Entries in H.J. Heinz (3)


Berkshire Hathaway and 3G Capital to Purchase Heinz for $28 Billion

Edouard H.R. Gluck/Bloomberg via Getty Images(NEW YORK) -- Berkshire Hathaway and 3G Capital will acquire H.J. Heinz Company, the food giant best known for its 57 varieties of ketchup, in a transaction valued at a whopping $28 billion, according to a press release from Heinz.

Berkshire Hathaway, the conglomerate run by billionaire Warren Buffett, and 3G will each pay $4 billion in cash in the deal, with Berkshire contributing an additional $8 billion for preferred shares, according to the New York Times. Including the assumption of Heinz's debts, the deal is the fourth largest ever in the food and beverage industry.

In Heinz's statement, CEO William Johnson said, “We look forward to partnering with Berkshire Hathaway and 3G Capital, both greatly respected investors, in what will be an exciting new chapter in the history of Heinz."

The agreement was unanimously approved by the Heinz Board of Directors, and is subject to shareholder approval. The merger is expected to close before the end of the third quarter of 2013. Berkshire and 3G have pledged to maintain Heinz's headquarters in Pittsburgh, the city that has been home to the condiment company for over 100 years.

According to the Times, Buffett told CNBC that "Heinz will be 3G's baby." Heinz, which owns the potato company Ore-Ida as well as Lea & Perrins Worcestershire sauce in addition to their best known condiment, is an intriguing fit for 3G, which also owns a majority stake in fast food giant Burger King.

Copyright 2013 ABC News Radio


Heinz Debuts New Ketchup Packets

Heinz(NEW YORK) -- A much larger Heinz ketchup packet is starting to show up in restaurants across the country. The container, shaped like a traditional Heinz bottle with a peel-back lid, holds three times more ketchup than the previous H.J. Heinz Co. squeeze packets.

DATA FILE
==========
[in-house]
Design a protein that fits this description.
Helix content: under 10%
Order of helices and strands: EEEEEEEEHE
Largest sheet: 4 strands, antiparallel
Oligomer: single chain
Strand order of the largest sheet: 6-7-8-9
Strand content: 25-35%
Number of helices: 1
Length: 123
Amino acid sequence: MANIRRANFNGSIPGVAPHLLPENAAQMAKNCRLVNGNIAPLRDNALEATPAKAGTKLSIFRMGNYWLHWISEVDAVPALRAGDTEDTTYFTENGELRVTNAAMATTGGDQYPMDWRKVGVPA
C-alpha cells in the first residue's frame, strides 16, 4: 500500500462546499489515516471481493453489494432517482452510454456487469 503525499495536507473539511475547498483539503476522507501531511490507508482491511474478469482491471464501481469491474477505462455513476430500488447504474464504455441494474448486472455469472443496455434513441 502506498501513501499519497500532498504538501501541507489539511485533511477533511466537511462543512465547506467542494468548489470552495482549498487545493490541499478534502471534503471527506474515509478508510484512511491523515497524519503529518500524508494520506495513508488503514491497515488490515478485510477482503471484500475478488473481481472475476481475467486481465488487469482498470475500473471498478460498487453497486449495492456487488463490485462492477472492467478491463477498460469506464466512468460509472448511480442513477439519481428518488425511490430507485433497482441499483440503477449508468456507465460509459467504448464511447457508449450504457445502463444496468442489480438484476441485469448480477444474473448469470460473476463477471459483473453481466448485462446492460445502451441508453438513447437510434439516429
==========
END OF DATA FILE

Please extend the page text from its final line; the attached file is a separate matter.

The company’s ‘Dip & Squeeze’ design is also true to its name, giving ketchup lovers the option of dunking their french fries instead of trying to squeeze it out, which can be a messy way to eat — especially while on-the-go.

The new packets, which were first announced in 2010, started showing up in Chick-fil-A and international Dairy Queen restaurants earlier this year, and will soon appear in Wendy’s restaurants.  

The Dip & Squeeze marks the first Heinz Ketchup packet redesign in 42 years, spurred by consumer feedback about the inconvenience of Heinz’s traditional rectangular squeeze pouches.

“We conducted extensive testing to determine that the average consumer uses about three of the traditional Ketchup packets, which led us to determine the size of the new Dip & Squeeze package,” Heinz spokeswoman Jessica Jackson wrote in an email to ABC News. “We are continuing to work with our customers to test the new package, and have been pleased with consumer excitement that is has created.”

The company started developing the Dip & Squeeze in 2008, Jackson said.

Copyright 2011 ABC News Radio


Christmas Comes Early: Top CEO Bonuses of 2010

Photo Courtesy - Getty Images(NEW YORK) -- In a tough economic year, when even some CEOs have had to scrimp and save, others are finding big bonuses beneath the tree.

Aaron Boyd, head of research for Equilar, an executive compensation data firm, says it's still too early to say how generous a year 2010 will turn out to be for chief executives of America's biggest companies.  Most S&P 500 companies don't report their bonus numbers until March or April.  A minority, however -- companies with fiscal years ending early -- file their proxies sooner, allowing analysts like Boyd to get a peek at coming attractions.

His look at some 60 companies that have already filed shows that the CEOs of H.J. Heinz, Oracle, Cisco Systems, Nike and News Corp were the top five biggest bonus winners listed.  William R. Johnson, the chairman and president of H.J. Heinz, came in first on the list with a bonus of $8,589,063, followed by Oracle CEO Lawrence J. Ellison with $6,453,254.  The remaining three CEOs scored bonuses within the $4 million range.

What's noteworthy about their bonuses, says Boyd -- apart from sheer size -- is that all were pre-determined by formulas that take into account how the CEOs' companies performed.

"Companies are moving away from payouts based purely on the discretion of the board," he says.  The trend is toward bonuses tied more closely to performance.

Copyright 2010 ABC News Radio

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